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Frustrated Edmond neighbors fail to get street closed amid land development

EDMOND — Attorney Todd McKinnis took issue with Smiling Hill property owners calling him deceitful in the homeowners' effort to close 34th Street just west of First Baptist Church.

Smiling Hill residents said church members promised them in 1991 the land behind their homes would not be developed. On Aug. 12, the church sold 5.8 acres to Midas Investments LLC, which might build single-family homes there.

Bryan Coyer, representing the Smiling Hill residents during a city council meeting Monday, said that three hours before the Aug. 16 planning commission meeting they were told the church had sold the property four days earlier.

Coyer said they had information the property did not sell until Aug. 31.

"Whoever communicated Aug. 12 was clearly deceitful and trying to nullify our attempts to close the street," Coyer said.

The pattern of deceit, Coyer said, continues among the church and with the current owners.

"There is no intent to deceive anyone and never has been," McKinnis said. "I have a copy of the deed, and I would be happy to hand it out."

McKinnis said he has a deed dated Aug. 12, the date the deal closed. Aug. 31 was the day the deed was filed, a notice to everyone else, the attorney said.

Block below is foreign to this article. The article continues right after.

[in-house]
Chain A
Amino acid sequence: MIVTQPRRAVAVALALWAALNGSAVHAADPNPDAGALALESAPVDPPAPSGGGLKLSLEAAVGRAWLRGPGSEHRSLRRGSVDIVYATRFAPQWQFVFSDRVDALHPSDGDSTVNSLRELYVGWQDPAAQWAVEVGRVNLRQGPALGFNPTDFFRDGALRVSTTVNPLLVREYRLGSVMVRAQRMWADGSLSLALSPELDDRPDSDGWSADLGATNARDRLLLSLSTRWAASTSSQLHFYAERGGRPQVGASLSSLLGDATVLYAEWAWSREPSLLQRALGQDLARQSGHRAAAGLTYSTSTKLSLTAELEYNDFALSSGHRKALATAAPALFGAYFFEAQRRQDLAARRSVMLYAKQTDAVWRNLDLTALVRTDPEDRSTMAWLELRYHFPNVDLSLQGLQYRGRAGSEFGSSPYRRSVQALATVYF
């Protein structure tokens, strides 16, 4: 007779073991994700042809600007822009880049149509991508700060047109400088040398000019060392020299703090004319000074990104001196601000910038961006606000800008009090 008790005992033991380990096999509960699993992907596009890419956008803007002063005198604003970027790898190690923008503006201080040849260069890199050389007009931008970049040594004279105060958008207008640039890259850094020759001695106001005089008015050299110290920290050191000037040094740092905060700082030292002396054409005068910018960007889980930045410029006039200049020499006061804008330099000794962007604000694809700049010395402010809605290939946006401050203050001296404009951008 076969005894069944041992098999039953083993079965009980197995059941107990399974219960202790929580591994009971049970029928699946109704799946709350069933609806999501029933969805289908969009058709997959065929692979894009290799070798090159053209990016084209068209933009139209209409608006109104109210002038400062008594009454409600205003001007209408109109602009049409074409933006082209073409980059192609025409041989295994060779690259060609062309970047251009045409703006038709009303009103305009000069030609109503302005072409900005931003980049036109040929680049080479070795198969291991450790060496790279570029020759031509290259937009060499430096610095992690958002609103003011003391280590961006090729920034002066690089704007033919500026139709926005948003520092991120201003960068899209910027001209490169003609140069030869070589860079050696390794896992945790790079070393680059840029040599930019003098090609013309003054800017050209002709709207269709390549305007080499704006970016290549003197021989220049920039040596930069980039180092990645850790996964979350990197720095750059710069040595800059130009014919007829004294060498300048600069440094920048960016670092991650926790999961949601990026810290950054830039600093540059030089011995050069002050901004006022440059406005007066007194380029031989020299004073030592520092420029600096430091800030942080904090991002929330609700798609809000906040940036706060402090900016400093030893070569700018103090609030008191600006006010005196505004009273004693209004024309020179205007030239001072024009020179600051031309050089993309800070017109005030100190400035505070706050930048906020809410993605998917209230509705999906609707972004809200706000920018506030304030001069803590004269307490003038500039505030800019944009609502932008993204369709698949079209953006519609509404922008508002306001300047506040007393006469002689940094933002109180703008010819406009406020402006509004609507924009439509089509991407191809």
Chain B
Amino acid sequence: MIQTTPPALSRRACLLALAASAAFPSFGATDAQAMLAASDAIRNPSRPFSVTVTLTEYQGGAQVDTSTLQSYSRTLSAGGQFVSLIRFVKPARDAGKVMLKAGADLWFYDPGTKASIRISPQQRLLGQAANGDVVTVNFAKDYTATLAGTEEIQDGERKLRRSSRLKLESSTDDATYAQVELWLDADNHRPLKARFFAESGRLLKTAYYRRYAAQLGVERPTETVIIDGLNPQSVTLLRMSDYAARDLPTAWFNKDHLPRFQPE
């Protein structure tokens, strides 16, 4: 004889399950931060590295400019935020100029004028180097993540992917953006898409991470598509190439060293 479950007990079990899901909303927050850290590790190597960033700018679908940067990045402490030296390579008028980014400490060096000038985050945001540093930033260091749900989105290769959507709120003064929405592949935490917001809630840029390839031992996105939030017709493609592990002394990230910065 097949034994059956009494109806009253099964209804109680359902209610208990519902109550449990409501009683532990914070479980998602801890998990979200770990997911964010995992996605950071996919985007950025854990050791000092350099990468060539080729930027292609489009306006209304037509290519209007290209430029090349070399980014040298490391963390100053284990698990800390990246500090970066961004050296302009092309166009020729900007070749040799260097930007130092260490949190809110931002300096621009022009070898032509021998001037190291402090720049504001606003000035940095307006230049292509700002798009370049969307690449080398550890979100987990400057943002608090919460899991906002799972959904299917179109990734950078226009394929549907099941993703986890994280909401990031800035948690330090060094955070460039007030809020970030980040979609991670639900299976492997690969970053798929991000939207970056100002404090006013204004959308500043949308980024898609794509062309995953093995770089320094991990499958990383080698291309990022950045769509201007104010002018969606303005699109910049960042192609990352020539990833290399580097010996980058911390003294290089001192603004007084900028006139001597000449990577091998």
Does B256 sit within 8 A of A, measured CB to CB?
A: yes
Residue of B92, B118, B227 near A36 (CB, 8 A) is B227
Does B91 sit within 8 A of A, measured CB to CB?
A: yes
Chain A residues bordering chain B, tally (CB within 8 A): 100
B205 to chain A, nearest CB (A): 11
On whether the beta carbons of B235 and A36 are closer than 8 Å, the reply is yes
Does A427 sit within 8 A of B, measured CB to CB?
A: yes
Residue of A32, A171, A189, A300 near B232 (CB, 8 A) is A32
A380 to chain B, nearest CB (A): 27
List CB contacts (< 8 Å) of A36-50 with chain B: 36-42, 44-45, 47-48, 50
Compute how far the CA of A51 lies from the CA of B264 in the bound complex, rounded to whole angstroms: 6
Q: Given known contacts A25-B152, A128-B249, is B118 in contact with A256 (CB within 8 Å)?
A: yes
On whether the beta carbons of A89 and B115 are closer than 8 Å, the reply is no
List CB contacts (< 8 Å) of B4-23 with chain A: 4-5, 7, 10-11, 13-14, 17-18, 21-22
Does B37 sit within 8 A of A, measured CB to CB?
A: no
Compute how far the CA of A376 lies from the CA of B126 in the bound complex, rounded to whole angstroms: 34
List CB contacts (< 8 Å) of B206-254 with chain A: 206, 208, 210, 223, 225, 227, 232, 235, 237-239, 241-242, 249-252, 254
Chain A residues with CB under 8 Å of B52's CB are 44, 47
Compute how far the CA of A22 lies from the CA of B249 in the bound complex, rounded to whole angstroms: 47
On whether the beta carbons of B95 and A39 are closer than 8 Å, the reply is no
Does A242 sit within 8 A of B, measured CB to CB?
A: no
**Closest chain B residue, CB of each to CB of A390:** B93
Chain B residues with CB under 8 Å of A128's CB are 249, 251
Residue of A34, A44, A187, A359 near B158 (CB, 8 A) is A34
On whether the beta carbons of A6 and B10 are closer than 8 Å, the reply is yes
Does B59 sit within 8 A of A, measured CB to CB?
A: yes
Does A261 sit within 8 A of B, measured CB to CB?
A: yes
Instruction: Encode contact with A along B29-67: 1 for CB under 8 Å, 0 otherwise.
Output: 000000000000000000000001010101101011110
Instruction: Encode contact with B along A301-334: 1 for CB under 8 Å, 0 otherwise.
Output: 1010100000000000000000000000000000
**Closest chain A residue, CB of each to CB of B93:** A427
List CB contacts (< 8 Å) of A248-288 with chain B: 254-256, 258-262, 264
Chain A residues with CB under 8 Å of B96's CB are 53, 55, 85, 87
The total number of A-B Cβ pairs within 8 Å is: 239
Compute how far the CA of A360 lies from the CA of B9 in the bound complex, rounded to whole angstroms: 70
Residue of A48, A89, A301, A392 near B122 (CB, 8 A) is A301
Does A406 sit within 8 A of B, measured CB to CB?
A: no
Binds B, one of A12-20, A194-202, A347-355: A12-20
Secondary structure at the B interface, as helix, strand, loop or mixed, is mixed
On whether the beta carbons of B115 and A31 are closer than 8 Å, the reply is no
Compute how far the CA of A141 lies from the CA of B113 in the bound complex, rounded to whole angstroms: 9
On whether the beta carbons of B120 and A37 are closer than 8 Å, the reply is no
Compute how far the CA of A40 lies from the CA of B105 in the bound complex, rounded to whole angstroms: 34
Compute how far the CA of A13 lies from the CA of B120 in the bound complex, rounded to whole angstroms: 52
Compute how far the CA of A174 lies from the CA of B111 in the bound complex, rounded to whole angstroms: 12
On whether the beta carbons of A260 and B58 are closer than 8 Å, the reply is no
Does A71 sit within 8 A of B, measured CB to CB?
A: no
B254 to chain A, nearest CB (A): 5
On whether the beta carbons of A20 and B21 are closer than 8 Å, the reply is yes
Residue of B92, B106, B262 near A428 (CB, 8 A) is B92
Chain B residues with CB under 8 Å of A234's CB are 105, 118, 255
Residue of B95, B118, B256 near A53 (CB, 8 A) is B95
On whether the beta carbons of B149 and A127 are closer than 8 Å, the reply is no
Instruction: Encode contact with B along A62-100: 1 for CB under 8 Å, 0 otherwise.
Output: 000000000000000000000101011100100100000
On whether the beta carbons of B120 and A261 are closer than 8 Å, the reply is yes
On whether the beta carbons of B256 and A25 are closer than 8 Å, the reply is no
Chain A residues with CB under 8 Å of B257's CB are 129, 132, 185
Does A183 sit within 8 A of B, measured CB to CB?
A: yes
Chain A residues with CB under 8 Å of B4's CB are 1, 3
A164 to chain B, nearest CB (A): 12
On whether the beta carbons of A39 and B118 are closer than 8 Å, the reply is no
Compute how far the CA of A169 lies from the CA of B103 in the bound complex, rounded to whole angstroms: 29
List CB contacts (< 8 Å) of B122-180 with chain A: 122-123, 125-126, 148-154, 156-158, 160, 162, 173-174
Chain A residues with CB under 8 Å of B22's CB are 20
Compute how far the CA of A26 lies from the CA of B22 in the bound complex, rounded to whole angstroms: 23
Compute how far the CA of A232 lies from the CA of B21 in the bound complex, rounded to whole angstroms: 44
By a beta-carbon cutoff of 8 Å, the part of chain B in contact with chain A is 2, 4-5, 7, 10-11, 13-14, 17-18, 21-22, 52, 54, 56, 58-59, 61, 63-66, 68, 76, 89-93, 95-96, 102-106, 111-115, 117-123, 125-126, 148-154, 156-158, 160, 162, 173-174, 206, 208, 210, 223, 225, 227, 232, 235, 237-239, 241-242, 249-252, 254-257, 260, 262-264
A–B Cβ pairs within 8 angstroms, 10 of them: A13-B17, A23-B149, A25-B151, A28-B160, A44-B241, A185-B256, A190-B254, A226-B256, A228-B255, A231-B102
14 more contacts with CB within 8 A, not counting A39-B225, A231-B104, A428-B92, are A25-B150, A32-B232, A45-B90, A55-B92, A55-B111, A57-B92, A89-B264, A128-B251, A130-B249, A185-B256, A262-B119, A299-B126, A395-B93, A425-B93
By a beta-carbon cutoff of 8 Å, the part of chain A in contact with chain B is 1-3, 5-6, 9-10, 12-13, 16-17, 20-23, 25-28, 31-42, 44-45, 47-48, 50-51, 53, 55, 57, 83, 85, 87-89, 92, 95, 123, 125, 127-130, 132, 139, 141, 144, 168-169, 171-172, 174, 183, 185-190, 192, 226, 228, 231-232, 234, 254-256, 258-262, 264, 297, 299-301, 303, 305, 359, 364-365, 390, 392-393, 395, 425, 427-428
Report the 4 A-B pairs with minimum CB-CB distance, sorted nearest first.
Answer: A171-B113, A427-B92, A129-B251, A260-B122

Council members denied a request by Hazel and Noland Simpkins and Bette Daniels to close the street that is the only access to the 5.8 acres.

Councilman Nick Massey said he understood the homeowners' frustration.

"I understand your frustration," Massey said. "That is something that can't be decided by the city of Edmond."

Elaine and Ron Pawley, Smiling Hill homeowners, said they were told in 1991 that things would never change in their backyard.

"One of the First Baptist Church deacons sat on my couch and said this is what they wanted to do," Elaine Pawley said. "They told me they were going to each house on Patterson and Banner. They promised to maintain the green space."

Massey said, "The only question is whether the city of Edmond closes this street. I don't see a legal basis to close this street."

Massey, Councilwoman Victoria Caldwell and Mayor Charles Lamb voted against closing the street.

"My primary concern is we would deny access and that seems difficult to defend," Lamb said.

Coyer said additional homes could create new drainage issues.

"The developer would have to put in the appropriate drainage," Lamb said. "This development occurred so far back, we didn't have drainage requirements. It is a different world."

Diana Baldwin

Diana Baldwin has been an Oklahoma journalist since 1976. She covered the Oklahoma City bombing and covered the downfall of Oklahoma City police forensic chemist Joyce Gilchrist misidentifying evidence. She wrote the original stories about the... Read more ›